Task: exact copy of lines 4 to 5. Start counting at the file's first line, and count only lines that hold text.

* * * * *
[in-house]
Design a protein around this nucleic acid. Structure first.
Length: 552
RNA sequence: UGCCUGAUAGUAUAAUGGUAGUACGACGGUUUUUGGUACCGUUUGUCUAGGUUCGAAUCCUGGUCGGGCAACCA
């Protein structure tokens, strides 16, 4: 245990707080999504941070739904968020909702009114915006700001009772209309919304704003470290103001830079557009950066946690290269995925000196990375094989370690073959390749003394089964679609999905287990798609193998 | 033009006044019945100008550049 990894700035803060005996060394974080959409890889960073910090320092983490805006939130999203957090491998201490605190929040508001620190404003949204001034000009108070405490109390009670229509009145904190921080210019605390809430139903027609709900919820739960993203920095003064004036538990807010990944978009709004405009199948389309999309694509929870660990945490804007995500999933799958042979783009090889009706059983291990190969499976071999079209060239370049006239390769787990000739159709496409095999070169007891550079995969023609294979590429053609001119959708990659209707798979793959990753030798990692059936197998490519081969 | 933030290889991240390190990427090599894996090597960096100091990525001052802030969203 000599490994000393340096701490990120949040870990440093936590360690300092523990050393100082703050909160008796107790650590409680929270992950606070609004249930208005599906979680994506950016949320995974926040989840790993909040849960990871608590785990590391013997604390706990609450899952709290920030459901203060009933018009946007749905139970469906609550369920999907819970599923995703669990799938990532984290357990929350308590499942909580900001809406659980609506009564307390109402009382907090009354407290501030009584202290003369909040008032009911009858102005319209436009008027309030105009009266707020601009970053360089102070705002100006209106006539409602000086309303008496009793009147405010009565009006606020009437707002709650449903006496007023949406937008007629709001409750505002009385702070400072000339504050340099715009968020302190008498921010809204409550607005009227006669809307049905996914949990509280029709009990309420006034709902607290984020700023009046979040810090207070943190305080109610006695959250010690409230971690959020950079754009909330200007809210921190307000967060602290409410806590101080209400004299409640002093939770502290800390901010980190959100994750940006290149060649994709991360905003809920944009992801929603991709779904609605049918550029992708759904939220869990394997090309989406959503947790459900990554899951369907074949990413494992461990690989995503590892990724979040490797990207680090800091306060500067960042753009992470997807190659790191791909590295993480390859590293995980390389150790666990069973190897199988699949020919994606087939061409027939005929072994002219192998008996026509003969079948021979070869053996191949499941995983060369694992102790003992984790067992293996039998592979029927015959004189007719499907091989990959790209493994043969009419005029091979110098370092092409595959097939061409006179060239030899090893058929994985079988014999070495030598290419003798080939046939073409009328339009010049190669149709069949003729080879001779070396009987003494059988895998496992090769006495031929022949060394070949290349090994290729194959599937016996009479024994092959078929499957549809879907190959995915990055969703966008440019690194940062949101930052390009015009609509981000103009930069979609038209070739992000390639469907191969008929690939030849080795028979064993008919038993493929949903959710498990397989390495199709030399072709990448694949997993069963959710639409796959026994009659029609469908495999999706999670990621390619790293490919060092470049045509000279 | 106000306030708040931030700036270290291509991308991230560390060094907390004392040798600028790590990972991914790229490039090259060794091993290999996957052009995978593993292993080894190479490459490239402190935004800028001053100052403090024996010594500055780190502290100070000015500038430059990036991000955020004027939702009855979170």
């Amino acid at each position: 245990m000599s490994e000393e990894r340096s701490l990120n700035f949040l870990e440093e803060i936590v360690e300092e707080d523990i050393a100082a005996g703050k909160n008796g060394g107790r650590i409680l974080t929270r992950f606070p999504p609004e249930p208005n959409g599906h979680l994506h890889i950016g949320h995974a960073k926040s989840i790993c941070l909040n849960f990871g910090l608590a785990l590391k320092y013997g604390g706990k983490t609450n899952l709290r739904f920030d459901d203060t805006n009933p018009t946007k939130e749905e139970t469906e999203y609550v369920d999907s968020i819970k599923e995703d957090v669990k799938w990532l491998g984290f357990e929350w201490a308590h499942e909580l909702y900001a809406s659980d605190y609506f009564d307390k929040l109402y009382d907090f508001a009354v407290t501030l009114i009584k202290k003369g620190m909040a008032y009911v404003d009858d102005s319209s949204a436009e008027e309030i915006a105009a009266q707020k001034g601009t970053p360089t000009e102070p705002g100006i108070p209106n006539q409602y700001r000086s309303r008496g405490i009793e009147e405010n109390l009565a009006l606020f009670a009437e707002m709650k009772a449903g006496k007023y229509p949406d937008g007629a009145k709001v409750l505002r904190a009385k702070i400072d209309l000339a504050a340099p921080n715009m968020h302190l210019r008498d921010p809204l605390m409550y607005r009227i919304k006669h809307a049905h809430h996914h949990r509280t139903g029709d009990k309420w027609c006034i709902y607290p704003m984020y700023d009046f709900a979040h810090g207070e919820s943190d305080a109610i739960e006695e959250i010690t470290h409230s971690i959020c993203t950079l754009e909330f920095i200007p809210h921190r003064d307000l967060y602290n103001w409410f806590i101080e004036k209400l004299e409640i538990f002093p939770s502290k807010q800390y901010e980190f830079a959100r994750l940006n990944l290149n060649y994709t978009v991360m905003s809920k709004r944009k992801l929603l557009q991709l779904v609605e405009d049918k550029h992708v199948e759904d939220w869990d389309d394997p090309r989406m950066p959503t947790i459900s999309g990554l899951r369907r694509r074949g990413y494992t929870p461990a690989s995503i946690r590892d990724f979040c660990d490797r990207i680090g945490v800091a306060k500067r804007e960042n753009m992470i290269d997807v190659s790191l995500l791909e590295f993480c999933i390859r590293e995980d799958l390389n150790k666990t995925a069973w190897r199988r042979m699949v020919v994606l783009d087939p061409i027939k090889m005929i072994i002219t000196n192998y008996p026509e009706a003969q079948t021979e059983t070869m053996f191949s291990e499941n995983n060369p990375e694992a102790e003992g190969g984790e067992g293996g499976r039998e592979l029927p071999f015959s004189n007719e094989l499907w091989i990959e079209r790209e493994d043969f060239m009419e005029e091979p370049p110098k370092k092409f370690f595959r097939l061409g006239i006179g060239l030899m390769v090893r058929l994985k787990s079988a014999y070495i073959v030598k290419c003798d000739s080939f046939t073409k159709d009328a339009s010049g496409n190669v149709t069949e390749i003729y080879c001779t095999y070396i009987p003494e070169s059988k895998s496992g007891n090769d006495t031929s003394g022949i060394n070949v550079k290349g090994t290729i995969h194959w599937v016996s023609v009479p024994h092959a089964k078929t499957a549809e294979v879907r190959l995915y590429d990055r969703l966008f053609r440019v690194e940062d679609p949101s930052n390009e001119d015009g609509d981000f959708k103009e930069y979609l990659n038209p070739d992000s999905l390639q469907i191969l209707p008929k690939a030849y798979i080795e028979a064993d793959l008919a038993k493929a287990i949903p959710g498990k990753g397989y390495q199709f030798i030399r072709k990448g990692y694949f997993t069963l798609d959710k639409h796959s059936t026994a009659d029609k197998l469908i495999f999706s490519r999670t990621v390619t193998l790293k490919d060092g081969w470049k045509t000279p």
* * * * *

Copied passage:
RNA sequence: UGCCUGAUAGUAUAAUGGUAGUACGACGGUUUUUGGUACCGUUUGUCUAGGUUCGAAUCCUGGUCGGGCAACCA
């Protein structure tokens, strides 16, 4: 245990707080999504941070739904968020909702009114915006700001009772209309919304704003470290103001830079557009950066946690290269995925000196990375094989370690073959390749003394089964679609999905287990798609193998 | 033009006044019945100008550049 990894700035803060005996060394974080959409890889960073910090320092983490805006939130999203957090491998201490605190929040508001620190404003949204001034000009108070405490109390009670229509009145904190921080210019605390809430139903027609709900919820739960993203920095003064004036538990807010990944978009709004405009199948389309999309694509929870660990945490804007995500999933799958042979783009090889009706059983291990190969499976071999079209060239370049006239390769787990000739159709496409095999070169007891550079995969023609294979590429053609001119959708990659209707798979793959990753030798990692059936197998490519081969 | 933030290889991240390190990427090599894996090597960096100091990525001052802030969203 000599490994000393340096701490990120949040870990440093936590360690300092523990050393100082703050909160008796107790650590409680929270992950606070609004249930208005599906979680994506950016949320995974926040989840790993909040849960990871608590785990590391013997604390706990609450899952709290920030459901203060009933018009946007749905139970469906609550369920999907819970599923995703669990799938990532984290357990929350308590499942909580900001809406659980609506009564307390109402009382907090009354407290501030009584202290003369909040008032009911009858102005319209436009008027309030105009009266707020601009970053360089102070705002100006209106006539409602000086309303008496009793009147405010009565009006606020009437707002709650449903006496007023949406937008007629709001409750505002009385702070400072000339504050340099715009968020302190008498921010809204409550607005009227006669809307049905996914949990509280029709009990309420006034709902607290984020700023009046979040810090207070943190305080109610006695959250010690409230971690959020950079754009909330200007809210921190307000967060602290409410806590101080209400004299409640002093939770502290800390901010980190959100994750940006290149060649994709991360905003809920944009992801929603991709779904609605049918550029992708759904939220869990394997090309989406959503947790459900990554899951369907074949990413494992461990690989995503590892990724979040490797990207680090800091306060500067960042753009992470997807190659790191791909590295993480390859590293995980390389150790666990069973190897199988699949020919994606087939061409027939005929072994002219192998008996026509003969079948021979070869053996191949499941995983060369694992102790003992984790067992293996039998592979029927015959004189007719499907091989990959790209493994043969009419005029091979110098370092092409595959097939061409006179060239030899090893058929994985079988014999070495030598290419003798080939046939073409009328339009010049190669149709069949003729080879001779070396009987003494059988895998496992090769006495031929022949060394070949290349090994290729194959599937016996009479024994092959078929499957549809879907190959995915990055969703966008440019690194940062949101930052390009015009609509981000103009930069979609038209070739992000390639469907191969008929690939030849080795028979064993008919038993493929949903959710498990397989390495199709030399072709990448694949997993069963959710639409796959026994009659029609469908495999999706999670990621390619790293490919060092470049045509000279 | 106000306030708040931030700036270290291509991308991230560390060094907390004392040798600028790590990972991914790229490039090259060794091993290999996957052009995978593993292993080894190479490459490239402190935004800028001053100052403090024996010594500055780190502290100070000015500038430059990036991000955020004027939702009855979170």